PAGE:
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Three Fictions, by Emily Cementina

No Such Thing

Bring me back chapped lips, skin that flakes at your temples, and thighs scooped out on the sides. We will separate the artifacts from your body, lay them on the apartment floor, and take photographs to memorialize the ways you changed. 


I want to smell Mexico in your arm hairs.

I fall in love with your bed sheets while you are away. I kiss the fabric and hope the fibers become human cells and grow into you. I wear your t-shirts for dresses, sit in your chair, and wonder what you do with the light when it hits the wall in squares. Shuffling yellows. Slides stacked and filed in your desk drawers.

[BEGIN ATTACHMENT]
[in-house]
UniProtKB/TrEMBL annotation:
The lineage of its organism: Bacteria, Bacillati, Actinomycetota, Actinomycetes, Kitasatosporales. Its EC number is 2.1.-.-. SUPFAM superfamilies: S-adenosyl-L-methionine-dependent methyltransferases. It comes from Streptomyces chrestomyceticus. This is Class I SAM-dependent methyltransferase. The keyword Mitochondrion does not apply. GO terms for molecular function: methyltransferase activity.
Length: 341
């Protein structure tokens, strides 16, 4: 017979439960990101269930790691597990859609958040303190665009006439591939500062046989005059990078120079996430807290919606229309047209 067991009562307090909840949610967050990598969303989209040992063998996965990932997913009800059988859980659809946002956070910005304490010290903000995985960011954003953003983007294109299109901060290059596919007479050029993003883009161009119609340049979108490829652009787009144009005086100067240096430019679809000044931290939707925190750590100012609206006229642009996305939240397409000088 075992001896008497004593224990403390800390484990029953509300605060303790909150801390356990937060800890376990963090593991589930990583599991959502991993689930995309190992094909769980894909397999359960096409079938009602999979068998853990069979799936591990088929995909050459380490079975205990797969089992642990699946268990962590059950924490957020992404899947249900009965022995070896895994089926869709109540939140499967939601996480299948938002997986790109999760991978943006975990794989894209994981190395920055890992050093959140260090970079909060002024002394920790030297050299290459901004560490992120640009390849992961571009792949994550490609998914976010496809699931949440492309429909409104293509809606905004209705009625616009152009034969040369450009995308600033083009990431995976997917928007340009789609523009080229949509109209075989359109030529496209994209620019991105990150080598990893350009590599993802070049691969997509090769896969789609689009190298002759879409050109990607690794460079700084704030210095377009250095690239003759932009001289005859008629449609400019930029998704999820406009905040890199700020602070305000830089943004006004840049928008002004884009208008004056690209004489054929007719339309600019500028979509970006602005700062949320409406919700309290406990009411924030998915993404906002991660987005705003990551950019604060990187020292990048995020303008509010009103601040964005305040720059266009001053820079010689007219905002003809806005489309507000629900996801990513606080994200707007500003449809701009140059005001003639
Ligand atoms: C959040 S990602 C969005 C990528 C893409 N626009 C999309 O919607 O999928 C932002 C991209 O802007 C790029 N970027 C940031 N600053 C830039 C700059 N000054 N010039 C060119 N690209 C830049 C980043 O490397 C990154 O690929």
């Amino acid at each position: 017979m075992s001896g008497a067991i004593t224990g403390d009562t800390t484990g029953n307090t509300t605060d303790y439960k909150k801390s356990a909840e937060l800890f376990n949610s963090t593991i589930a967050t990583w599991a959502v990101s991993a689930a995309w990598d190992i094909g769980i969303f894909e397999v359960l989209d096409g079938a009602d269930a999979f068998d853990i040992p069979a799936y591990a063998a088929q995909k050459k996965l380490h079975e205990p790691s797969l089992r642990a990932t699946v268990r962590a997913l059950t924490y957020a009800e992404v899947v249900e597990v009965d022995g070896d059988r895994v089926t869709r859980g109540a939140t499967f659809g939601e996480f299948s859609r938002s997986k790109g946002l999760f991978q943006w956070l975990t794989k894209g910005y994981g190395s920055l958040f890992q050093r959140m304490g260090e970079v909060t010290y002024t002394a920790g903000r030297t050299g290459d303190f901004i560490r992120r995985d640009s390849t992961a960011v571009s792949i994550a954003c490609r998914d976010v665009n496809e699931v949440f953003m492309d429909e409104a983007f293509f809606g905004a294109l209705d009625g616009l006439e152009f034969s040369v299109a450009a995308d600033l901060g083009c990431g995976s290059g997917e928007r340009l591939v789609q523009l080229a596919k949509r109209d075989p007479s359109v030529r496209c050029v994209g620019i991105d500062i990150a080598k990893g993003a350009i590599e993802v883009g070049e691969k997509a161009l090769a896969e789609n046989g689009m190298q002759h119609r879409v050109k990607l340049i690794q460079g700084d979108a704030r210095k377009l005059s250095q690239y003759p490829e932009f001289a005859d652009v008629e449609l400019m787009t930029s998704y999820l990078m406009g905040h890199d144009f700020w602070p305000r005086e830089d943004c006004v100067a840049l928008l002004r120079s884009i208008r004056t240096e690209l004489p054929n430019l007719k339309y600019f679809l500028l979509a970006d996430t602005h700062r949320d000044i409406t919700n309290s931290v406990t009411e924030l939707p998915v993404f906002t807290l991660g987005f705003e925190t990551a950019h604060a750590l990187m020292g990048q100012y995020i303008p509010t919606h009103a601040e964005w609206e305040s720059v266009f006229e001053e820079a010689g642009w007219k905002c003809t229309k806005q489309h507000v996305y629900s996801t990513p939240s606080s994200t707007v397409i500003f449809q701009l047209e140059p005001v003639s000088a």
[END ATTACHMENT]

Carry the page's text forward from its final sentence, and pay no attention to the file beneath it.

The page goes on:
Bring me tumbleweed, too, I say when you call.

Your voice is two-dollar beer looping across the country. 

I organize your books and try to reconstruct your hands from fingerprints left on the pages. Microscopic rings lifted and layered in my palms. I move dust to make room for the tumbleweed and hide the piles in your cactus pots.

Bring me back air inhaled from other states. The entire Texas sky transmitted through your tongue.

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